Digest, or Pandects, and the Institutes.
The Codex Justinianus (issued
in 529 AD) compiled all of the extant (in Justinian's time) imperial
constitutions from the time of Hadrian. It used both the Codex
Theodosianus and private
collections such as the Codex Gregorianus and Codex
Hermogenianus. From: The "Codex
Sourcebook: The Institutes, 535 CE. Here is the pertinent text:
Codex Justinianus (529) (Justinian Code), Book II, Part
III. The Division
1. By the law of nature these things are common to mankind---the
air, running water, the sea, and consequently the shores of the
sea. No one, therefore, is forbidden to approach the seashore, provided
that he respects habitationes, monuments, and buildings which are
not, like the sea, subject only to the law of nations.
2. All rivers and
ports are public; hence the right of fishing in a port, or
in rivers, is common to all men.
3. The seashore extends
as far as the greatest winter flood runs up. ...
5. The public use
of the seashore, too, is part of the law of nations, as is that of
the sea itself; and, therefore, any person is at liberty to place on
it a cottage, to which he may retreat, or to dry his nets there, and
haul them from the sea; for the shores may be said to be the property
of no man, but are subject to the same law as the sea itself, and the
sand or ground beneath it. ...
beasts, birds, fish and all animals, which live either in the sea, the
air, or the earth, so soon as they are taken by anyone, immediately become
by the law of nations the property of the captor; for natural reason
gives to the first occupant that which had no previous owner. And it
is immaterial whether a man takes wild beasts or birds upon his own ground,
or on that of another. Of course any one who enters the ground of another
for the sake of hunting or fowling, may be prohibited by the proprietor,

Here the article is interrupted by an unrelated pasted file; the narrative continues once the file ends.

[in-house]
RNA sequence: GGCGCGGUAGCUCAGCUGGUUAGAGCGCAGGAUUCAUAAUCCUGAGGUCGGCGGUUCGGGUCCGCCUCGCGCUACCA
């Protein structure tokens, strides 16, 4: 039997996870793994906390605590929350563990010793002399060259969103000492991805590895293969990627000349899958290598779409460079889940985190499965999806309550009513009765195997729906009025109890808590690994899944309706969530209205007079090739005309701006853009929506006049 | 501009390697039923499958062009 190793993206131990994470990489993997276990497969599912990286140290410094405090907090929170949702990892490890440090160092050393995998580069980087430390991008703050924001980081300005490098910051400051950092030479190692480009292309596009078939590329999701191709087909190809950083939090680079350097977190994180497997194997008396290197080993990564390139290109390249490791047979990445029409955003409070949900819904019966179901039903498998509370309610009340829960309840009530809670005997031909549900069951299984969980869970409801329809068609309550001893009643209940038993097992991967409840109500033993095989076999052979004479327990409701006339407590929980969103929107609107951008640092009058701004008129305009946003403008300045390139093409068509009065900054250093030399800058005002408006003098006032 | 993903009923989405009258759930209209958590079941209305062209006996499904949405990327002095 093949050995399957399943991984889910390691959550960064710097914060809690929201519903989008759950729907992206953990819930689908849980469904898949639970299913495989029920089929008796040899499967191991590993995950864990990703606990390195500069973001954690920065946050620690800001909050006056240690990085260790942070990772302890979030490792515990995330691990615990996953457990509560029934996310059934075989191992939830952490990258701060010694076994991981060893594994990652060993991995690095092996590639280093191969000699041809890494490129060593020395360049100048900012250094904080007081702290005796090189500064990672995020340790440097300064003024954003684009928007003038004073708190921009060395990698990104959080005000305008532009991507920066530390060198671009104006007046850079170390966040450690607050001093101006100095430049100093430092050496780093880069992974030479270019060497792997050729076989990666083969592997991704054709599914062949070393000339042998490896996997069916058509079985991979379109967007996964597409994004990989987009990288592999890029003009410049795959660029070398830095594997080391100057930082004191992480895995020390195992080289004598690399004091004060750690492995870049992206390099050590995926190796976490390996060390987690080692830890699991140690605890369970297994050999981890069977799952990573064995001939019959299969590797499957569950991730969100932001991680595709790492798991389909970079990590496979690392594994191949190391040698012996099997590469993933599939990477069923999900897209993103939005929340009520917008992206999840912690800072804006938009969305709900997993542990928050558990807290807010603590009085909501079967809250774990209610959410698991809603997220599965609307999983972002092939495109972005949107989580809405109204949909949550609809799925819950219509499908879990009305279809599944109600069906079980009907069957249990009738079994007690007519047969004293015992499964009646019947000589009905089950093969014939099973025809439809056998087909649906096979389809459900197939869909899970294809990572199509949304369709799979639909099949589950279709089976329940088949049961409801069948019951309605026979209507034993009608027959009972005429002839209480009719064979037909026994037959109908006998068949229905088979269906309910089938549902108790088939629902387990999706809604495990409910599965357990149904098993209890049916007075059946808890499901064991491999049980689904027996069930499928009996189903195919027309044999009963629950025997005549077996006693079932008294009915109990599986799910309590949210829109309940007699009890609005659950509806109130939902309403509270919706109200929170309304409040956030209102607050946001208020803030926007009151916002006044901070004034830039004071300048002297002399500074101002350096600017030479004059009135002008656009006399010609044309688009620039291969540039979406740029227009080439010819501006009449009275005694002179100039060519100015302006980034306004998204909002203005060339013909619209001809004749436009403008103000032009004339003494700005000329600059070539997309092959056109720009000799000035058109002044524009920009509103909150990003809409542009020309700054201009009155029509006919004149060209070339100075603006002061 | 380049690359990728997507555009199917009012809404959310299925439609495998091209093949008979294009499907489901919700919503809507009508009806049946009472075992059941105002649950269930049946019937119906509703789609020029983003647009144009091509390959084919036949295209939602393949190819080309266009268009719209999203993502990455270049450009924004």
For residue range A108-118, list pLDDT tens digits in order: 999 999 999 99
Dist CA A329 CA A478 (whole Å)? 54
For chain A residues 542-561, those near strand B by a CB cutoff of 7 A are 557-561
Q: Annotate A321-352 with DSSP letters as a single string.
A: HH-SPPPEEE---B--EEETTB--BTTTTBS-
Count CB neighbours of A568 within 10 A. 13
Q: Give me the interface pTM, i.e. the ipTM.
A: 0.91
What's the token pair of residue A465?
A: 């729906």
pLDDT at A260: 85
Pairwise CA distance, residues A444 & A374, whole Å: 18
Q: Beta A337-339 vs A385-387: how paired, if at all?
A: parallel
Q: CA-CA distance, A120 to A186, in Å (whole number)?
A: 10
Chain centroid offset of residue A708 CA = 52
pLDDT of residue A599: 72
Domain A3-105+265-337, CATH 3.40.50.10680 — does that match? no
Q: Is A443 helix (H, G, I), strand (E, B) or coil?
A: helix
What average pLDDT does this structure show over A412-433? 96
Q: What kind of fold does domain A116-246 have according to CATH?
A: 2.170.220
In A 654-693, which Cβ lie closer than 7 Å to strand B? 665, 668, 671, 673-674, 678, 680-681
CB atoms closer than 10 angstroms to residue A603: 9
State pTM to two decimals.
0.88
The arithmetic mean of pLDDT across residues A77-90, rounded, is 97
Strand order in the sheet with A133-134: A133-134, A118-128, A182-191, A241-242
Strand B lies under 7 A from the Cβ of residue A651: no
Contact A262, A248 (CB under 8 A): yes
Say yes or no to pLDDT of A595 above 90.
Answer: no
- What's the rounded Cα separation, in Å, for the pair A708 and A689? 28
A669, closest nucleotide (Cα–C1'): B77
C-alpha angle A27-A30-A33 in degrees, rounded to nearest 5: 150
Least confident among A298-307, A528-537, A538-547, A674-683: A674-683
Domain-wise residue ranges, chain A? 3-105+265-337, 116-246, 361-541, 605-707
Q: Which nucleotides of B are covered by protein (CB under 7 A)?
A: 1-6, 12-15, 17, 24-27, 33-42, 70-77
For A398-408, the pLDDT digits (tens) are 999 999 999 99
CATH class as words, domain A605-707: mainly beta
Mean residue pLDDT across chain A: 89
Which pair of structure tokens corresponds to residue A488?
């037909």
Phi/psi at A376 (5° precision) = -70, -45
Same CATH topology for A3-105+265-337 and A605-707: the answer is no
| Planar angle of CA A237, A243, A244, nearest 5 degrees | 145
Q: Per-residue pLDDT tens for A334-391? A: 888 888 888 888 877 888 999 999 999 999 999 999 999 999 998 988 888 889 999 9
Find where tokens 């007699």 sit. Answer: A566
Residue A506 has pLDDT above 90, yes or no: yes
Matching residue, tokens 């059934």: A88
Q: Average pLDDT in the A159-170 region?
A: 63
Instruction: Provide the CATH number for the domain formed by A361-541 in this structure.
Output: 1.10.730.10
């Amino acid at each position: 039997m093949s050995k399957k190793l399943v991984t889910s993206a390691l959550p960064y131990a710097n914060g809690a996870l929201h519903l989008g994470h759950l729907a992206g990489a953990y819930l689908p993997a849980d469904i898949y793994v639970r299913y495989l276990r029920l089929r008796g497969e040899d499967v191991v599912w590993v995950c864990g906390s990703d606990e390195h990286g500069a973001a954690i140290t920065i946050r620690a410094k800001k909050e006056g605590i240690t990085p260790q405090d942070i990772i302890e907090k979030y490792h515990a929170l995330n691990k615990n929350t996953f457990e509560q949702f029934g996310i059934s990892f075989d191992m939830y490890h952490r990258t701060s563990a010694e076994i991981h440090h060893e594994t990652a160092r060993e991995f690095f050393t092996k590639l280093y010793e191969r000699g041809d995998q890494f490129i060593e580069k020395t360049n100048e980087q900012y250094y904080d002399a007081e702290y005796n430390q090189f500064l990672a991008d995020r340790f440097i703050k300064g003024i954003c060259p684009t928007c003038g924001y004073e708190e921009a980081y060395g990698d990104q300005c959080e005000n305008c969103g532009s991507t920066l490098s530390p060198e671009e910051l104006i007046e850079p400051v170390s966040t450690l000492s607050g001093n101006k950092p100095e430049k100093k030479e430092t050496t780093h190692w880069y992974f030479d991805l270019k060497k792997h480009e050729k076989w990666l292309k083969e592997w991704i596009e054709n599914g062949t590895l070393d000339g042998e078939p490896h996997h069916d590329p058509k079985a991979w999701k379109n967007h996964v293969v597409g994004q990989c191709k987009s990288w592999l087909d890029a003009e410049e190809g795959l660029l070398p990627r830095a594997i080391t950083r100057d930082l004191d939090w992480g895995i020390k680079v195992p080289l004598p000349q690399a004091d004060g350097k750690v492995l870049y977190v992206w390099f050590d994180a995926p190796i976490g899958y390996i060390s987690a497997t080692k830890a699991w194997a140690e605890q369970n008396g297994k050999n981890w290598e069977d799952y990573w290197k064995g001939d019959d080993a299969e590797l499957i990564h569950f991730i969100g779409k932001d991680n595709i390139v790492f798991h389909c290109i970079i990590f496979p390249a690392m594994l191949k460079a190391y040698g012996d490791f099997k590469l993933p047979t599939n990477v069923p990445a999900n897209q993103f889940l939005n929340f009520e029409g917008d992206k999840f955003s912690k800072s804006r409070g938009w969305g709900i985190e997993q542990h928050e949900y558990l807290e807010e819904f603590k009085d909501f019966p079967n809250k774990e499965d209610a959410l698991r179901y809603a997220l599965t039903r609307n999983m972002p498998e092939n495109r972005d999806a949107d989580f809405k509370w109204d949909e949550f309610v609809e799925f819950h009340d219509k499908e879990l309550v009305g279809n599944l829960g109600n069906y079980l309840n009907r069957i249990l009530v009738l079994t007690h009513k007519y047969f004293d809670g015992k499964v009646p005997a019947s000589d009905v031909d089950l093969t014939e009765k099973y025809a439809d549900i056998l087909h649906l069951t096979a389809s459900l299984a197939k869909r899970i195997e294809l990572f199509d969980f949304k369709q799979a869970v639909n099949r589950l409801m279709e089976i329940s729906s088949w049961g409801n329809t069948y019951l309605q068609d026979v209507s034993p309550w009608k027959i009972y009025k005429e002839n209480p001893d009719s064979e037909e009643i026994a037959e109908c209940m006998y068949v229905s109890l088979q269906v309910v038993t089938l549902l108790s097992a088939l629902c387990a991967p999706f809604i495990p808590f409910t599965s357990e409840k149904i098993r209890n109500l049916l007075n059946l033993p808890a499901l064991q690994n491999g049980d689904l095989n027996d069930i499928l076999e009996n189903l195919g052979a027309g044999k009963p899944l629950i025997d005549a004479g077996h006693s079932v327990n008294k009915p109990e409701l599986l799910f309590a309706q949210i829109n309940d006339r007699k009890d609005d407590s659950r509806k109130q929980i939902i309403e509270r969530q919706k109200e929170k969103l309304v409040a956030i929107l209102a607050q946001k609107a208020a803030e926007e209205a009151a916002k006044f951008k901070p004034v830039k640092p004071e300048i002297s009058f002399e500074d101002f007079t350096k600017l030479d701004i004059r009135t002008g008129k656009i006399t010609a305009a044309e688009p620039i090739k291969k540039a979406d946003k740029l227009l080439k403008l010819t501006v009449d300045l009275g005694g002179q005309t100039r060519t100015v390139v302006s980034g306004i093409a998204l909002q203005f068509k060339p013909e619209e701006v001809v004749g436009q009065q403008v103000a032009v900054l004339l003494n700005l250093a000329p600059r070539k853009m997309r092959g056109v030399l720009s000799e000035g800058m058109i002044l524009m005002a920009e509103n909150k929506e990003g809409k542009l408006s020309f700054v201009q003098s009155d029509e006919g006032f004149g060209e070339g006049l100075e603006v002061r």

if he perceives his intention of entering.
From: The "Codex
The Institutes, 535 CE.
A General Statement of the Tragedy of the Commons
The philosopher Herschel Elliott states that there are four general premises
that entail the tragedy of the commons:
- The Earth is finite: it has a limited stock of
renewable fuels, minerals, and biological resources, a limited throughput
of energy from the sun, and a finite sink for processing wastes.
- Although human activity very often does occur
on privately owned lands which are not a commons, that and all other
human activities take place in some larger natural commons. And that
larger commons is a limited biosystem which is in a dynamic, competitive,
and constantly evolving equilibrium. The equilibrium of an ecosystem
can usually accommodate any activity on the part of its members as
long as that activity is limited in amount and/or is practiced only
by a small population. But continuous growth in the numbers of any
organism or in its exploitation of land and resources will eventually
exceed the capacity of the ecosystem to sustain that organism.
- Now for the first time on global scale human
beings are exceeding the land and resource use which the Earth's biosystem
- Certainly it is true, as Hardin noted, that
individuals who seek to maximize their material consumption contribute
to the ever increasing exploitation of the world's commons. But it
is also true that all who follow the rarely questioned principles of
humanitarian ethics -- to save all human lives, to relieve all human
misery, to prevent and cure disease, to foster universal human rights,
and to assure equal justice and equal opportunity for everyone -- do
From A General
Statement of Hardin's Tragedy of the Commons by Herschel Elliott.
The large and rapid increase in population since the
beginning of the anthropocene has altered the global commons. Will
our atmosphere, rivers, lands, and ocean ultimately be destroyed
because they are held in common for use by all? Will we place ever stronger
restrictions on their use? Or will we limit the population of
Its message is, I think, still true today. Individualism
is cherished because it produces freedom, but the gift is conditional:
The more the population exceeds the carrying capacity of the environment,
the more freedoms must be given up. As cities grow, the freedom to park
is restricted by the number of parking meters or fee-charging garages.
Traffic is rigidly controlled. On the global scale, nations are abandoning
not only the freedom of the seas, but the freedom of the atmosphere,
which acts as a common sink for aerial garbage. Yet to come are many
other restrictions as the world's population continues to grow.
– Hardin (1998): Extensions of "The Tragedy
of the Commons."
Jared Diamond in his book Collapse describes
in detail the collapse of civilizations that failed to solve the problem
of the Tragedy of the Commons. He writes of Pitcairn and Henderson Islands